I think all flash tested for now on should have a practical copy test like maybe 30gbs. Because the new flash looks good on paper? But are there advertized speeds mostly just dram cache? If crystal and as ssd are benching higher than atto isn’t that mostly cache? Shouldn’t atto have the highest bench. A copy test large enough will tell the real speed.

Michael Moser
Michael Moser

I recently bought the 512GB version of this stick and I am more than disappointed! It is ridiculously slow! It works decently fast (>100MB/sec) copying individual large files (10GB+), but if it comes to many small files the transfer speed goes down as far as 1/2 file per second and speeds of 1/2 KB/sec. (yes: a half KILObyte/sec!). Another stick from Corsair (half that size) that I had before also goes down for many small files but never below a couple of MBytes/sec. (i.e. it is more than an order of magnitude faster for typical backups even though according to… Read more »


Such drives are not intended for use with program files that slow them as you describe. They are marketed for media first and foremost and I was surprised with your post. This has been my ‘go to’ drive since I posted this report. I find it to be an excellent drive and, in fact, is in my pocket up here at Computex.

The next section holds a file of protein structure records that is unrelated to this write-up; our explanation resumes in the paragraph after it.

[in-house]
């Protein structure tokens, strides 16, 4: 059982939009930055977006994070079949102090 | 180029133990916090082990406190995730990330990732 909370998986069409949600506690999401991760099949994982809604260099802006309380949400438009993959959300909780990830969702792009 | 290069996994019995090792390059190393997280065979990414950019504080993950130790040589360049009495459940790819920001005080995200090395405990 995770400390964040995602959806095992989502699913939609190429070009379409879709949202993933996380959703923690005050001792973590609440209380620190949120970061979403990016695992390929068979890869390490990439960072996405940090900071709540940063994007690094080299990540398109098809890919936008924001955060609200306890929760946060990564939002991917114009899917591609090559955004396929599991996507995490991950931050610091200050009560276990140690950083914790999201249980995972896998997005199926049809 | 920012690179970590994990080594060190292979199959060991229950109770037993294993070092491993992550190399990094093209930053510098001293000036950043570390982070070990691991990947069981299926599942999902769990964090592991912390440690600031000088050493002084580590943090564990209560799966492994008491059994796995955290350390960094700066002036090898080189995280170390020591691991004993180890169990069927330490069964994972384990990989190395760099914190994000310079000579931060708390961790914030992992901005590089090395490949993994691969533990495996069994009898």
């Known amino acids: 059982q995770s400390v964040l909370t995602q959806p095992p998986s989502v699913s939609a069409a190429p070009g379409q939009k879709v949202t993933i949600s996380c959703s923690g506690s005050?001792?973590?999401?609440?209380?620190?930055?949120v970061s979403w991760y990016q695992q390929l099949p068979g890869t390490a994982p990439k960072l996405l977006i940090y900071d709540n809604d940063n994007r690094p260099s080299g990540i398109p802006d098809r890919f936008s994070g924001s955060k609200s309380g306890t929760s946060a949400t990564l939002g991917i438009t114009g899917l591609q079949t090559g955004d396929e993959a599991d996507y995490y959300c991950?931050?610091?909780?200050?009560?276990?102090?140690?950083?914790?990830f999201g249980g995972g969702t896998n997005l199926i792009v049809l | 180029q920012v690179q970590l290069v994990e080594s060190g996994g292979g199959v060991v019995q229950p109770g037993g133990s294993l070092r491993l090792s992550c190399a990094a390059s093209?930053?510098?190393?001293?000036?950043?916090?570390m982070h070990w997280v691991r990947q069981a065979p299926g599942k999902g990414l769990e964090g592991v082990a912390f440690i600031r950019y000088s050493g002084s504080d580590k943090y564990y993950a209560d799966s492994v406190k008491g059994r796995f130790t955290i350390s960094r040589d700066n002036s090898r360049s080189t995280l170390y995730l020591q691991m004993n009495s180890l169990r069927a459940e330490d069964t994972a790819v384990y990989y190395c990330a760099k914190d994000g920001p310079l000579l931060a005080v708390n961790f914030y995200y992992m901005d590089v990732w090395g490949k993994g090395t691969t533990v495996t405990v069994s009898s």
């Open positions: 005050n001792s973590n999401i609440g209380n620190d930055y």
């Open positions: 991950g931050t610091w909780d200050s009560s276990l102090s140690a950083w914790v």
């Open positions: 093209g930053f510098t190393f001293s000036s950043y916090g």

Michael Moser
Michael Moser

What you mean by “programs that slow them down”? I am using them to copy and backup files (a wide variety of files that is!). That’s what USB sticks are for IMHO!
BTW: I benchmarked my stick with the ATTO Disk benchmark and while reads indeed reach the advertised 350MB/sec., the writes just manage to reach a meager 80MB/sec. (while the specs. boast 250MB/sec)! And even that only for block lengths >1MB. Below that speed breaks away down to 90kB/sec. for block lengths of 512B!


Perhaps you received a defective product. What I meant about my statement was to clarify that no storage medium will transfer small files at the stated transfer speeds. Disk transfer speeds slow down significantly when the file size becomes smaller and the total file number to transfer increases significantly. The example of this is system files or program files. I didnt say ‘programs that slow them down’.

Thomas Michelsen
Thomas Michelsen

You know, I agree that it slows down when transferring small files, but even old USB 2.0 drives transfer small files much, MUCH faster than this expensive USB key. I have the 256GB version and I am experiencing the exact same issues as Michael Moser; drive will not handle small files and will in fact be completely unusable for that task. I have USB 2.0 drives, which I can run Windows from – and quite fast too – but this 256GB Kingston drive takes about 20 minutes to start Windows from! You think sub-10KB/sec. transfer speeds is okay for a… Read more »


Hi. What you are describing is most likely due to the fact that the USB port you are using does not support UASP. UASP (USB Attached SCSI Protocol) must be supported by the drivers for the USB 3.0 chipset for the hub/port. USB 3.0 chipsets that do not support UASP will use the same BOT (Bulk-Only Transport) that USB 2.0/1.1/1.0 uses. BOT does not allow for command queuing, out-of-order completion or any of the other SCSI commands that make SCSI/SATA/SAS devices so fast. UASP also adds support for TRIM, which is especially important if you’re using an SSD over a… Read more »